What to Consider Before Investing in a Small Rental Property

What to Consider Before Investing in a Small Rental Property

As a real estate investor, it’s important to note that not every type of investment property is a good fit for every investor. Some investors find that commercial properties work best, while others may find that single-family homes are a better fit. One type of investment you may want to consider is a rental property with less than 6 units. In this blog, we’ll discuss the pros and cons of investing in a small rental property.

Categories of Rental Property with Less than Six Units

If you are interested in investing in a rental property with less than six units, you should know that you have a few different options available:

  • Single family home: property can only be rented to one tenant. Typically has one kitchen and 1 form of entrance/exit.
  • Two family home: property has two separate living spaces. Typically on different floors with their own kitchen, bedrooms, living room, and bathrooms. It can be rented out to two different groups of people. Each space has its own entrance/exit.  
  • Duplex: two family home where units are next to each other instead of on top of each other.
  • Mixed-use: property offers both residential and commercial units. For example, a restaurant or retail space on main floor and several rental units on second floor.
  • Apartment building: property is made entirely of residential units. Depending on layout, there may be 1, 2, or 3 units per floor.

Advantages of Rental Properties with Fewer than 6 Units

If you own a property with less than 6 units, there are some advantages you need to be aware of. These are as follows:

  • Might be Exempt from Fair Housing Rules. As a landlord, the Fair Housing Rules are one of the most important things you need to be aware of. While it’s typically a good idea to treat all current and prospective tenants equally and avoid discrimination. There are situations when you are not required to follow these rules. Be sure to check local laws to see if there are other applicable rules.
  • Might be Exempt from State Rules of Security Deposit: in addition to exemption from Fair Housing Rules, there are certain states that have exceptions from other landlord/tenant rules in a state. For example, in New Hampshire, if a landlord owns 5 or less units and lives on the rental property, they are not subject to the security deposit rules. Therefore, though traditional security deposit maximum is equal to one month’s rent, they can charge whatever the want. The caveat to that is, if the tenant is 60+ years old, the security deposit rules do apply.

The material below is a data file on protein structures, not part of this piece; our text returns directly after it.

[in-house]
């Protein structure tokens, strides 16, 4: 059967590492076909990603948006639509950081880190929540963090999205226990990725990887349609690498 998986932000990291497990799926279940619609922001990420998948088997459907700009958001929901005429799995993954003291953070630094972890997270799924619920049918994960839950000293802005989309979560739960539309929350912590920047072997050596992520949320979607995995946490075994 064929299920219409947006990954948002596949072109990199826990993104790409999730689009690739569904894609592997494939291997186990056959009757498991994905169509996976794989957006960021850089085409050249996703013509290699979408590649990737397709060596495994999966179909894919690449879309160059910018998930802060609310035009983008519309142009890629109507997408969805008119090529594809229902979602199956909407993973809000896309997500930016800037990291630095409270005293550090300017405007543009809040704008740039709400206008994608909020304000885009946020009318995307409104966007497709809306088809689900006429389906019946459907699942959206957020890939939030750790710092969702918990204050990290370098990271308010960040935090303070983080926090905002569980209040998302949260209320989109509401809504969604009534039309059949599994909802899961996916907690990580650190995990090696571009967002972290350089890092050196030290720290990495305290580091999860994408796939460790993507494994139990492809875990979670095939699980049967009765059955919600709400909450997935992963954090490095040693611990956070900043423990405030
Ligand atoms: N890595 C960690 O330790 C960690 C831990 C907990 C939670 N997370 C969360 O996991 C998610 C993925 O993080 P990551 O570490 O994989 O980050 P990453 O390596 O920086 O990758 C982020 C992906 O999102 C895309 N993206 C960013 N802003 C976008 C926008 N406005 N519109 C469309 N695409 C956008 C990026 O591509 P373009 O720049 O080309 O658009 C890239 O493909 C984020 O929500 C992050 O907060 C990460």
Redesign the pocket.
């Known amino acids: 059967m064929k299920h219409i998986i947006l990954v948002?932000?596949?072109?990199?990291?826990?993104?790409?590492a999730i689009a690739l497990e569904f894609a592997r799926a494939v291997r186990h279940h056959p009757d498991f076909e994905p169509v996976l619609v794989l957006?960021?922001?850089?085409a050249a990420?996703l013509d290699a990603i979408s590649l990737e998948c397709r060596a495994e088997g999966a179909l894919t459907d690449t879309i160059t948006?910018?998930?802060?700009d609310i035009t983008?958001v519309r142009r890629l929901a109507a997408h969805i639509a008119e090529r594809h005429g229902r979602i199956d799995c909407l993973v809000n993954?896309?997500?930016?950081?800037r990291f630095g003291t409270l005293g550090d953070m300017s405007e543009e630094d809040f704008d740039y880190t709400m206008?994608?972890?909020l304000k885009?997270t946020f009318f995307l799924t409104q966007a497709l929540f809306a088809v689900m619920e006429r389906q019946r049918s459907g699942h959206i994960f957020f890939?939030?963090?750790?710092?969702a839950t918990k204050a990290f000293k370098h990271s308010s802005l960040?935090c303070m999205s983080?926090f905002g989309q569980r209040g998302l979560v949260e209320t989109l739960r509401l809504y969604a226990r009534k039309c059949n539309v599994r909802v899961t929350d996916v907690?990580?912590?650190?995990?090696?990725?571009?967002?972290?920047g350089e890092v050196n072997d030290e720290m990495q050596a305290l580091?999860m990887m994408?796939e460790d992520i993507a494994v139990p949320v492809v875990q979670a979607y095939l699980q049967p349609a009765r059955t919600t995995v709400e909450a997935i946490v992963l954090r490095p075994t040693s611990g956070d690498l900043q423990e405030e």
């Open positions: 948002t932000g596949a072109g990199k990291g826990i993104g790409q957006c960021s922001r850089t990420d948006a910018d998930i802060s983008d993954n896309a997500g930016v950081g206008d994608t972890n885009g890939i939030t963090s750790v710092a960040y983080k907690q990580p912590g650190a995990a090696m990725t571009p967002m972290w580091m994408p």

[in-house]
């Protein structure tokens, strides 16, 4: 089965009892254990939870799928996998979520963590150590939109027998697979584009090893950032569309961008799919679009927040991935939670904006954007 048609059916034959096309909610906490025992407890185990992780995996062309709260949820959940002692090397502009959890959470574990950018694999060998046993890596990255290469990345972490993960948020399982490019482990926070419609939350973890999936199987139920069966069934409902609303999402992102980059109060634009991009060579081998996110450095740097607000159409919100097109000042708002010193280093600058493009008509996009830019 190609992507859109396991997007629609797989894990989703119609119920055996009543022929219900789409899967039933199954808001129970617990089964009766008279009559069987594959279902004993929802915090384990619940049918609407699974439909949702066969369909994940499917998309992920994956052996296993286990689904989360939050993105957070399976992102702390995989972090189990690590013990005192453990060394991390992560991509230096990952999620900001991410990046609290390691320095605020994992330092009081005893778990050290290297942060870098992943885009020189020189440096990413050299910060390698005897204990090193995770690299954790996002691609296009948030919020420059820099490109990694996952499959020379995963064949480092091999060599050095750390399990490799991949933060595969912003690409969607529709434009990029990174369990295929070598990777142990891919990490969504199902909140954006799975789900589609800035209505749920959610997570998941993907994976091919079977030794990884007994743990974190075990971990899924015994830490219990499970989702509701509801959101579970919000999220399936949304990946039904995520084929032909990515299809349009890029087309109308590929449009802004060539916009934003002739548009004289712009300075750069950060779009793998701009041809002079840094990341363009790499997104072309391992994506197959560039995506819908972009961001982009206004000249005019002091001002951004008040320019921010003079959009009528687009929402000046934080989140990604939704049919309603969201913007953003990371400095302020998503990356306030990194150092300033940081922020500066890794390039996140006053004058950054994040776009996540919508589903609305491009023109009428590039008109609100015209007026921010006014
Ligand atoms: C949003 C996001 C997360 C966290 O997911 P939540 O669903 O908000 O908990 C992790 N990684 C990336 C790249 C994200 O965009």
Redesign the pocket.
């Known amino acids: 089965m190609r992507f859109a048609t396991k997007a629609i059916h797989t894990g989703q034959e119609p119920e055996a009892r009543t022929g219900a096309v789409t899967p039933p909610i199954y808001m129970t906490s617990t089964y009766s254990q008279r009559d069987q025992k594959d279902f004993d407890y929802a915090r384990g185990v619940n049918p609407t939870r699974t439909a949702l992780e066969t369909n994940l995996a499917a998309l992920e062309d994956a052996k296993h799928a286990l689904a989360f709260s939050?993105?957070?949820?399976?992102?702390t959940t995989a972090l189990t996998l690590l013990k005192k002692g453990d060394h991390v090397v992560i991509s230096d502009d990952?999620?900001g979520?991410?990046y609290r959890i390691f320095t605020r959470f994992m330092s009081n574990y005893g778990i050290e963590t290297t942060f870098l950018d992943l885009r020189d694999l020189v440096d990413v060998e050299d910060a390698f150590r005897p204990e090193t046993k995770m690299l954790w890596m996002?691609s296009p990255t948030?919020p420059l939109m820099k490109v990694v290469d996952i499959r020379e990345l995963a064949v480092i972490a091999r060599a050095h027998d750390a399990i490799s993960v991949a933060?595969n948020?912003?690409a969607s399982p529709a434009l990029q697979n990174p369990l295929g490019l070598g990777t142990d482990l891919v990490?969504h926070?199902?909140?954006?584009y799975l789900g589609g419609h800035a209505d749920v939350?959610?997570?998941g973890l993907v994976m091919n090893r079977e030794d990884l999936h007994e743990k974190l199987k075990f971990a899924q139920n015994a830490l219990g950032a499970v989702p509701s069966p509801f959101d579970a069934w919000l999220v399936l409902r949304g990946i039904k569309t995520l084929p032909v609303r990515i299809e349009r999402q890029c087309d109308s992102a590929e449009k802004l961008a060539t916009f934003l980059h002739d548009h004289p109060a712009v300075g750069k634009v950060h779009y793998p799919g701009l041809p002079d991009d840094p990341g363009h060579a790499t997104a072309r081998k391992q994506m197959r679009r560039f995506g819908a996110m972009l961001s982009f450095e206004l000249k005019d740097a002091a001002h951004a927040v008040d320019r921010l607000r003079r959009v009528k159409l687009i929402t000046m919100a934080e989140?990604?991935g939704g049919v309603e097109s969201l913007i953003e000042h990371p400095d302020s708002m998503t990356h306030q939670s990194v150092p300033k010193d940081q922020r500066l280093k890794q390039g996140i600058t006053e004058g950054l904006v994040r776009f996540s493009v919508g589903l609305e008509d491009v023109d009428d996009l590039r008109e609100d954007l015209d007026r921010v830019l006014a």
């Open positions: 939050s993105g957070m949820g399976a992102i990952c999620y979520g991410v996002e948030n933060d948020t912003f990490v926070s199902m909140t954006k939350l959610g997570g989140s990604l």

• Not required to hire outside help: with a smaller rental property, landlords can typically manage it themselves without having to hire outside assistance. This saves money and you know what is going on, making it easier to catch issues such as late payments or damage to the property before it becomes a more serious issue.
  • Tenants can help with maintenance: smaller rental properties with 6 units or less are more “homey” than a larger complex. Many times, tenants are willing to help with things such as taking out garbage in common areas, shoveling the walkways, and mowing the lawn. They may offer these services for free or ask for a reduction in rent or negotiate for another amenity.
  • Can diversify your investments: since they are much less expensive than a larger apartment complex, the smaller rental properties allow you the option of purchasing several properties in different areas. Plus, you may wish to purchase a small, mixed-use property to try out another category of rental units.

Disadvantages of Rental Properties with Fewer than 6 Units

There are also several disadvantages of rental properties that have less than 6 units, which we will look at below:

  • Self-managed: financially, it would not make sense to hire a property manager to manage your small rental property. This is a large expense to take on if you only have one or two small units, which means that you will be the one managing it and must learn to deal with issues such as collection of rent, disputes between tenants, daily maintenance tasks, requests for repair, evictions, unit turnover, disputes about security deposits, filling vacancies, and more. This can be time consuming and stressful, especially if this is a second income stream.
  • Vacancies hurt: if you only have a few units, one empty one creates a gap in your income. Therefore, it’s critical that you fill vacancies quickly and make sure that you have proper screening procedures in place to reduce your risk of property damage and tenant evictions.
  • No Superintendent on site: you may have tenants that don’t want to live in a building that doesn’t have a super on site. Most people want to know there is someone they can contact if there is a maintenance emergency.
  • May be difficult to rent units on top floors: smaller properties don’t usually have elevators, which means tenants must use stairs to access units on higher floors. This may turn some people away.


Investing in rental property can be a great way to build a lucrative income. If you’re just starting, you might want to consider smaller properties (6 units or less) to begin with. These types of properties have advantages and disadvantages. If you are ready to take the next step, contact Masters Commercial Capital Group to learn more.